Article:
I don't wish to come across as cynical. I'm sure that there are decent and honourable politicians who strive to do politics for the common good. Bill Blaikie is certainly one of them, and I would add Vic Toews and others to my list. But I'm also sure that there are decent and honourable capitalists who strive to do business for the common good too. Some businessmen and businesswomen associated with Providence quickly come to mind.  (On the topic of business for the common good, a helpful video discussion is "Ethics in the Marketplace," which is part 5 of Charles Colson and Robert George's Doing the Right Thing: A Six-Part Exploration of Ethics.  A helpful book on this topic is Kenman Wong and Scott Rae's Business for the Common Good: A Christian Vision for the Marketplace.)

My point is this: We must be careful to diagnose problems correctly. If social structural problems are unjust and require social structural solutions, then I say "Amen!" to such solutions (though we might argue about the best way to administer the solution). But as far as external social solutions go, I think they never really can go far enough.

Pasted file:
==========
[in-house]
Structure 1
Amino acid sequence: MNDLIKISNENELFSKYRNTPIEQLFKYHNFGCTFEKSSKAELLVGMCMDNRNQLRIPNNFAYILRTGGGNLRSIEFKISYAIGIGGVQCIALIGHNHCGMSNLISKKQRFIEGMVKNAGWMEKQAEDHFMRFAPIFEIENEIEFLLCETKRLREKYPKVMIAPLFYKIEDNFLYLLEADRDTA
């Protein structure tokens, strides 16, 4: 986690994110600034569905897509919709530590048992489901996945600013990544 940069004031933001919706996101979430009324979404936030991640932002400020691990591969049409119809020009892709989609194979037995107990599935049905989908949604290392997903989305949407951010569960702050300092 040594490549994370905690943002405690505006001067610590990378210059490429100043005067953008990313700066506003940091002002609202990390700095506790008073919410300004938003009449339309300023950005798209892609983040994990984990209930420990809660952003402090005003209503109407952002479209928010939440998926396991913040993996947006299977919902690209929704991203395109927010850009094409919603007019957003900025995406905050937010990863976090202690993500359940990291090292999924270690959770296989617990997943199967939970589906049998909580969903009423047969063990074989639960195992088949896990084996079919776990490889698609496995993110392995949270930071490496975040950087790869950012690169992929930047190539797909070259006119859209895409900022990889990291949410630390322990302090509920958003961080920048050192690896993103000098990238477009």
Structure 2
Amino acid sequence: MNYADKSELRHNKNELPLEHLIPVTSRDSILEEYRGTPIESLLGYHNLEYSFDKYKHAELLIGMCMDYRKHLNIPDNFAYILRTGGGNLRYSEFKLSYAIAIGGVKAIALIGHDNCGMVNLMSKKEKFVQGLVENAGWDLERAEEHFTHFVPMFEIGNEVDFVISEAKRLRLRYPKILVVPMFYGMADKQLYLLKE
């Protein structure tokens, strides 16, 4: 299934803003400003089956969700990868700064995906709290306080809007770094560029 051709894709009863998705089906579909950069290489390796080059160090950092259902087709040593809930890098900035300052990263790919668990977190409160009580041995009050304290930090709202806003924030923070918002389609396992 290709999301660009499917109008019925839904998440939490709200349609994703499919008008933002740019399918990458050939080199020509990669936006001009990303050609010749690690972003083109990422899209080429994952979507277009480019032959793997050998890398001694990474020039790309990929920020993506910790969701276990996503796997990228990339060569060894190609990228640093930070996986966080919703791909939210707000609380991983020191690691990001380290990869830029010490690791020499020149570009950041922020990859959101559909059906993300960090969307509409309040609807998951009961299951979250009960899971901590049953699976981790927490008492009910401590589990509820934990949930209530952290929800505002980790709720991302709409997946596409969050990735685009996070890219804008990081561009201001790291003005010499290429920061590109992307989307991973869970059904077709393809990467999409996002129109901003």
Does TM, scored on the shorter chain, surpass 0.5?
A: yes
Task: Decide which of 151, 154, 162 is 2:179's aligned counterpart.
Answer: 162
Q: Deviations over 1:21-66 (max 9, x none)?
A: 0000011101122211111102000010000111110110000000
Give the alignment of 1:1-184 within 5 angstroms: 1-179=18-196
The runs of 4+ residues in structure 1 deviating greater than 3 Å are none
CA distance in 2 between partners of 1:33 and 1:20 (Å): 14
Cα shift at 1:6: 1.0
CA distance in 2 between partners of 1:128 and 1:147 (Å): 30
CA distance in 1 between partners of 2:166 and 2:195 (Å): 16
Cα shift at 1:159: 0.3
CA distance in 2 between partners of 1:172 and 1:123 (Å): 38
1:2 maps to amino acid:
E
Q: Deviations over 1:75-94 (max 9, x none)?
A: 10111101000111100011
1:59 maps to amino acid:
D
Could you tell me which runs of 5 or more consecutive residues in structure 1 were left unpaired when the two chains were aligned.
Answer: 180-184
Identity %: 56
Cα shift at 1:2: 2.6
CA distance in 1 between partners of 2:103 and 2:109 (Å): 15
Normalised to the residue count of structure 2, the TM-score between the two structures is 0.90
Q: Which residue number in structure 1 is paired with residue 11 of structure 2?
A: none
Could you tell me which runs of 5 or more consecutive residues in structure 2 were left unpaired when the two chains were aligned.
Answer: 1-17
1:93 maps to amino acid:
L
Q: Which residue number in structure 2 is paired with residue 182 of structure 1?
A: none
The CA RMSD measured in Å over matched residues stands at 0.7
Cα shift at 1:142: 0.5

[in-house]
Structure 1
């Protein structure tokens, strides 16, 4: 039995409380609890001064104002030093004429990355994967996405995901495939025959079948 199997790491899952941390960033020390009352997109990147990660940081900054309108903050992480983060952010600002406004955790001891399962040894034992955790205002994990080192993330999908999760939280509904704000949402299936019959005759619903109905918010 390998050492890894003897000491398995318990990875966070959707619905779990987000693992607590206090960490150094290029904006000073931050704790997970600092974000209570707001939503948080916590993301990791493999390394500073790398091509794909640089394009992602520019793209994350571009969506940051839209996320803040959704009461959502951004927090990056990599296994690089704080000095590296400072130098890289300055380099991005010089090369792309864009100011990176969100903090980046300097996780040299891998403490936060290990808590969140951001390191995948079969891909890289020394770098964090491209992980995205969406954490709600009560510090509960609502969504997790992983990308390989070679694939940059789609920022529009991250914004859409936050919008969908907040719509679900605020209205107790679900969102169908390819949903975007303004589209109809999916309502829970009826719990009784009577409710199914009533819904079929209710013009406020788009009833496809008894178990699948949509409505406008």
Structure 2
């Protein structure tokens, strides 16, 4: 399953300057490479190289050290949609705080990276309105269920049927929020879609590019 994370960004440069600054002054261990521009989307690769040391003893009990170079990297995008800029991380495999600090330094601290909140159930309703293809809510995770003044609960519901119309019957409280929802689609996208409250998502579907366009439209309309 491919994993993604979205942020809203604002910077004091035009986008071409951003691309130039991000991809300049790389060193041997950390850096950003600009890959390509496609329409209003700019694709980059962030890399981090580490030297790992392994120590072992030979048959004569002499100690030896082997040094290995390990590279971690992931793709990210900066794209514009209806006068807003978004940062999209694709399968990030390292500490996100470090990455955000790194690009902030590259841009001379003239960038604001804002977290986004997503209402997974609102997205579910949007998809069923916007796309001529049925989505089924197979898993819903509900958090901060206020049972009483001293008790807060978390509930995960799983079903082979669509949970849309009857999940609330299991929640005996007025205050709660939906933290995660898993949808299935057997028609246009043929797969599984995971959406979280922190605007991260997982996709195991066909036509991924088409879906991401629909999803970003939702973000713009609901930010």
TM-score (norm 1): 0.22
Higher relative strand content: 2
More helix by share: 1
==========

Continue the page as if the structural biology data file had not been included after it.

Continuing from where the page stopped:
Allow me to be personal here (once again). I tend toward introspection. I think that the philosophical quip "know thyself" is important. Significantly, in my personal life I have found that my very ability to discern the good plus be motivated to do good (especially when it's not in my apparent self-interest) was enhanced not by a social solution, but by soul surgery. I grew up with social gospel. But it wasn't until (at age 30) I accepted that Jesus is truly God in the flesh, that Jesus died on the cross to reconcile the sinful world to God, and that Jesus actually resurrected to show that death and sin do not have the last word—it wasn't until I realized this message was true—that my heart and mind were renewed and I became more concerned about others than about myself. Some would use the words "spiritual awakening" or "born again" to describe my experience.